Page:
Article published Jan 29, 2007 in Nashua Telegraph
Innkeeper, Bud Zahn, led life full of endless energy,
By David Brooks
MILFORD – Pavarotti amid pick-your-own blueberries, sled dogs in the barn,
the area’s most unusual hotel, and endless pleasure in conversation – it
isn’t hard to find highlights in Bud Zahn’s life.
Even the hand-painted boulder that helps people spot the family’s dirt
driveway had some Zahn flair.
“I remember seeing in the local paper, the list of school bus routes. One of
the stops was ‘the Zahn rock,’ ” said Anne (Mannino) Zahn, who was married
to Bud for 60 years.
Charles “Bud” Zahn, 83, died Tuesday at his home after a long illness. Many
family members – all four children, plus 10 grandchildren and a newborn
great-grandchild, live in the region – were there.
Zahn wasn’t prominent in the usual way: He didn’t hold elected office or
have lots of employees. But his character made him hard to forget; after
all, this is a man who was bored when he broke his leg and couldn’t ski, so
he learned how to fly instead.
Many people know the name because of Zahn’s Alpine Guest House on Route 13,
just past the Mont Vernon line.
Zahn had the eight-room guest house built in 1991, both as a business and as
a celebration of culture of southern Germany – where his grandfather came
from, and where Bud’s blond, hearty persona was common.
“The first trip we made for the importing business was (the Bavarian Alps).
We went over there to look for new products, and I said, ‘You look just like
these people!’” recalled Anne.
The guest house is heated by a huge central “kachelofen,” a traditional tile
stove from central Europe, and filled with furniture of the region,
including antique armoires and special German mattresses.
As guests usually found out, the guest house had another important feature:
It provided Bud with an audience.
“He just loved going down there, talking with people. He was usually
repeating the stories that I’ve heard 10 million times, but they were new to
them,” Anne said, laughing.
Talking with people was a central appeal in the Christmas tree farm and
blueberry patch, both started not long after the couple bought a former
dairy farm between Jennison Road and Route 13, around 1971. (The Zahn rock,
white with the family name in big black letters, was painted by the children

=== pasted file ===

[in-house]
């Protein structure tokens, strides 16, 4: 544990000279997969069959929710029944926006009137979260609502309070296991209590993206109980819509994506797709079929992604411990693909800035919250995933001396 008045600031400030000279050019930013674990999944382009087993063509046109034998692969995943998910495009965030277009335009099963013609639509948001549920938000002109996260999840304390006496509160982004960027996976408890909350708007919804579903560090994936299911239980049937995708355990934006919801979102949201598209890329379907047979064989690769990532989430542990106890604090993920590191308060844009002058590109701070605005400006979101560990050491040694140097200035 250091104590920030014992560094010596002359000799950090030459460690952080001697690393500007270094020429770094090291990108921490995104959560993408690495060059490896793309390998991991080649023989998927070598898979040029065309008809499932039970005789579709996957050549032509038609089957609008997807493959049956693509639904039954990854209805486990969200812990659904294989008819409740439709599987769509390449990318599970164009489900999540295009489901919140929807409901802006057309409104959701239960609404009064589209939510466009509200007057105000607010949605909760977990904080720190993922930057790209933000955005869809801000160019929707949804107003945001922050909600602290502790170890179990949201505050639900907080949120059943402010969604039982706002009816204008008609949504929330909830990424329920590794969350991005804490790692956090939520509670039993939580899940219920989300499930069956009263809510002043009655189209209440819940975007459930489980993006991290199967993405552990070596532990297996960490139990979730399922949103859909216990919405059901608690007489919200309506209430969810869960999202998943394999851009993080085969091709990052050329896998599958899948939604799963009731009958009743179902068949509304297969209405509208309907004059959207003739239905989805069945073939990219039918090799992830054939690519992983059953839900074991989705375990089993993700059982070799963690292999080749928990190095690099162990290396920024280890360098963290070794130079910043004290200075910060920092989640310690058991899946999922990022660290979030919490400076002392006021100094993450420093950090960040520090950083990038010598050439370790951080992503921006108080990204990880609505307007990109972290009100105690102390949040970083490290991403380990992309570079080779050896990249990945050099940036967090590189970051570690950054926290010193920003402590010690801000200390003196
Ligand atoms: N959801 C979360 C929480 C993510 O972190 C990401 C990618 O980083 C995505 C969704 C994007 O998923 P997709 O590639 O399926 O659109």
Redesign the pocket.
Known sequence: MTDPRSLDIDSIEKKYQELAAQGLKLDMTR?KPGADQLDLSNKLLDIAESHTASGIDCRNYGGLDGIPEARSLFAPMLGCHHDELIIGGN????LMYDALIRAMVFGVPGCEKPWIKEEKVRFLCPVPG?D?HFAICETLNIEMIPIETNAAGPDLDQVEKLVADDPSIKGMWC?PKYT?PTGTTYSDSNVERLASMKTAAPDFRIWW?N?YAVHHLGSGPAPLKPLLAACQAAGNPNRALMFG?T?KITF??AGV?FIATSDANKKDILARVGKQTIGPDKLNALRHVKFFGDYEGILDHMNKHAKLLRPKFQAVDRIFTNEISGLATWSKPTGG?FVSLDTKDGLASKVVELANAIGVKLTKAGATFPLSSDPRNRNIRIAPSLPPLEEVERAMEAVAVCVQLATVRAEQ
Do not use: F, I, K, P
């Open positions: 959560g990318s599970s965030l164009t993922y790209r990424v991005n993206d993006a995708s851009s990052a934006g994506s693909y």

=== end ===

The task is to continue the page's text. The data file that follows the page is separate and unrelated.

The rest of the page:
The blueberries drew families from all over who would fill a bucket and then
weigh it up at the house. If you were lucky, Bud came down and did some
picking himself, leaving the car door open so a Luciano Pavarotti tape could
blast out over the more than 120 bushes of berries.
“People liked it,” said Anne, an opera fan who introduced the art form to
her husband. “It was kind of a nice background while you’re picking.”
The Christmas tree operation was an outlet for another of the family’s
pleasures: sled dogs. The couple has owned Huskies since at least the 1960s.
Saying hello to the dogs while paying for your pick-your-own blueberries up
at the house was a customer’s summer pleasure, but in winter, if there was
enough snow on the ground, you could get a free dog-sled ride along with
your white pine.
“He was an outdoor person, he just loved the cold weather,” remembered Anne.
Early family memories including taking the kids to Twin Tows, the
long-closed ski area that operated in west Milford.
“He loved it so much that I figured I had to join it or I’d miss out,” Anne
said. “It was a big part of his life.”
Born in Boston, Bud moved to Amherst as a child. He and Anne were introduced
by a friend during a weekend visit back home while he was working in the big
city. He served in the Army in World War II, then returned to Milford, where
he and Anne were married in 1946. He held a variety of jobs, including
raising chickens, before creating his own import-export business.
His memorial service was held Friday at Smith & Heald Funeral Home in
Milford. Fittingly, it was cold; even more fittingly, it was full of
The family plans a public celebration of his life this summer. The future of
the guest house and other family businesses has yet to be decided.